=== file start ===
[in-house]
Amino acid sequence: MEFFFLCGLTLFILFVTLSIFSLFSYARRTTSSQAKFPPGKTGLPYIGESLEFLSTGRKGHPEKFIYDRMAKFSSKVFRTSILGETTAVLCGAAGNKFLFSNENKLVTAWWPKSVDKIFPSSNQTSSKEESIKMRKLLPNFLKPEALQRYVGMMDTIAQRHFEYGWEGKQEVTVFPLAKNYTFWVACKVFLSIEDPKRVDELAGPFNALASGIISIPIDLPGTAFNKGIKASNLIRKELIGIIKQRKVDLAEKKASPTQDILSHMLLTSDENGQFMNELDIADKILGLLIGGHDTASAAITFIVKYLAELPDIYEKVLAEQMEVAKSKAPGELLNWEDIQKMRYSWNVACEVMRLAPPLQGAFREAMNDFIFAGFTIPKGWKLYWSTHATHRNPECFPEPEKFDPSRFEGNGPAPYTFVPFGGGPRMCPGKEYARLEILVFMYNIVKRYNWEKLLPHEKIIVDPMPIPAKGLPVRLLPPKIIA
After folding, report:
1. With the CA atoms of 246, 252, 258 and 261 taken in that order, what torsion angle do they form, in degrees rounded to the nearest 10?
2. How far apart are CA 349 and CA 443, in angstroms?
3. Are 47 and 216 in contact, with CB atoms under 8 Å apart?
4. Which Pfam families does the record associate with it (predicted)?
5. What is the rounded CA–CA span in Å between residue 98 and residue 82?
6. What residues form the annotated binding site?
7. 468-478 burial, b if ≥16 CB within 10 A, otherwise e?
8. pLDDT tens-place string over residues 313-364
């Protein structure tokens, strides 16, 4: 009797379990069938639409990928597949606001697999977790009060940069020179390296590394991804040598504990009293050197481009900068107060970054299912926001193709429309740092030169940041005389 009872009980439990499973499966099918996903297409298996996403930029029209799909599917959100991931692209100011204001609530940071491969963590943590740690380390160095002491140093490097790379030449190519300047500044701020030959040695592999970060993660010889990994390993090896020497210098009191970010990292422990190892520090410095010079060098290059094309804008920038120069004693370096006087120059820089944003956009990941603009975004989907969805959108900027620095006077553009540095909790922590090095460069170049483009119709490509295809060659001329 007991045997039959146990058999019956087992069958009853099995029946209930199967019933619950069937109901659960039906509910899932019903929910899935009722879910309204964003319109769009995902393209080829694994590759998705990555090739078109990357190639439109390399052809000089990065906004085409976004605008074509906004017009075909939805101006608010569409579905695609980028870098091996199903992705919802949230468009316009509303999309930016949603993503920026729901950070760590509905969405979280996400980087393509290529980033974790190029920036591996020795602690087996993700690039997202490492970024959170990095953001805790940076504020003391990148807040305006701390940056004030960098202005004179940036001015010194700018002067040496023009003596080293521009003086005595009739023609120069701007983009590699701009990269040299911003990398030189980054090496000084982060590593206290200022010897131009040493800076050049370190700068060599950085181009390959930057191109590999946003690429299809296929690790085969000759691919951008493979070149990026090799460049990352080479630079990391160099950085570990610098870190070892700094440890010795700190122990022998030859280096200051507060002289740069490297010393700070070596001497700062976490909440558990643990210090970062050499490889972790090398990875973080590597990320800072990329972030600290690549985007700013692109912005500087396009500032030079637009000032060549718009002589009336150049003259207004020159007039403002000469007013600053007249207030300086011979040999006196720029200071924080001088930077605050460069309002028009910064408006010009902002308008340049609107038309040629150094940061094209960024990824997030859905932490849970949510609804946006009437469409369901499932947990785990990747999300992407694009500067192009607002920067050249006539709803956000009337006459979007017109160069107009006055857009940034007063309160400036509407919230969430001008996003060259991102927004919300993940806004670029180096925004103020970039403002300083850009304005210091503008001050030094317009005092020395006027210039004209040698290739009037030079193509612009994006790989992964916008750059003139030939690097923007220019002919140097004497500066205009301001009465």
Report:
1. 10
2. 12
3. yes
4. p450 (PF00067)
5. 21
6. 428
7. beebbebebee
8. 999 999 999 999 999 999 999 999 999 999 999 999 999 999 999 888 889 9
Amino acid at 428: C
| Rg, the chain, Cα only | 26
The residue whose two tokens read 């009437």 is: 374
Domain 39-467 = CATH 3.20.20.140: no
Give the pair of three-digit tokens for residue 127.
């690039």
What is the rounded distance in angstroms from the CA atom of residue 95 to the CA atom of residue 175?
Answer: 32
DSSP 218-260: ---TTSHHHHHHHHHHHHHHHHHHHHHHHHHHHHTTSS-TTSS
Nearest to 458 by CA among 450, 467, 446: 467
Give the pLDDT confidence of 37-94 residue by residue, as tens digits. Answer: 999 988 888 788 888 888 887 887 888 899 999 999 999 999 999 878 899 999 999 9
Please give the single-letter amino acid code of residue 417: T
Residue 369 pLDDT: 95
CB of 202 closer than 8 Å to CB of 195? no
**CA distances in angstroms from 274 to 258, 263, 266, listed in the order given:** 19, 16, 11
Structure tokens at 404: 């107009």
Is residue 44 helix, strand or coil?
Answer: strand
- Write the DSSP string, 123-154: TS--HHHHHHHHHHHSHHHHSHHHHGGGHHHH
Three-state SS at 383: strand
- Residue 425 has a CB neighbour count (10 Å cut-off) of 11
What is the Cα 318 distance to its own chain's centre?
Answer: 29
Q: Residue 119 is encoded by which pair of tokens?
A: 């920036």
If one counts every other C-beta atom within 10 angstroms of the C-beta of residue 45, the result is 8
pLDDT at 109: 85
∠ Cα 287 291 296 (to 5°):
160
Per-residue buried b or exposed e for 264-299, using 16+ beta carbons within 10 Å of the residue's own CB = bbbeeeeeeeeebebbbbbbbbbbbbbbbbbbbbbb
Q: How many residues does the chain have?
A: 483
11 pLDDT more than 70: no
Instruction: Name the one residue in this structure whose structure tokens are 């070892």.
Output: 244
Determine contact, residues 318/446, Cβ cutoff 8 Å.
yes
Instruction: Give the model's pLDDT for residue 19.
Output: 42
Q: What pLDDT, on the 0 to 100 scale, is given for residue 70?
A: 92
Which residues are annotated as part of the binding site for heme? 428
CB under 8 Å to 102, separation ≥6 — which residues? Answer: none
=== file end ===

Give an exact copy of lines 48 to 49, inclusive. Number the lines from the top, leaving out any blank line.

pLDDT at 109: 85
∠ Cα 287 291 296 (to 5°):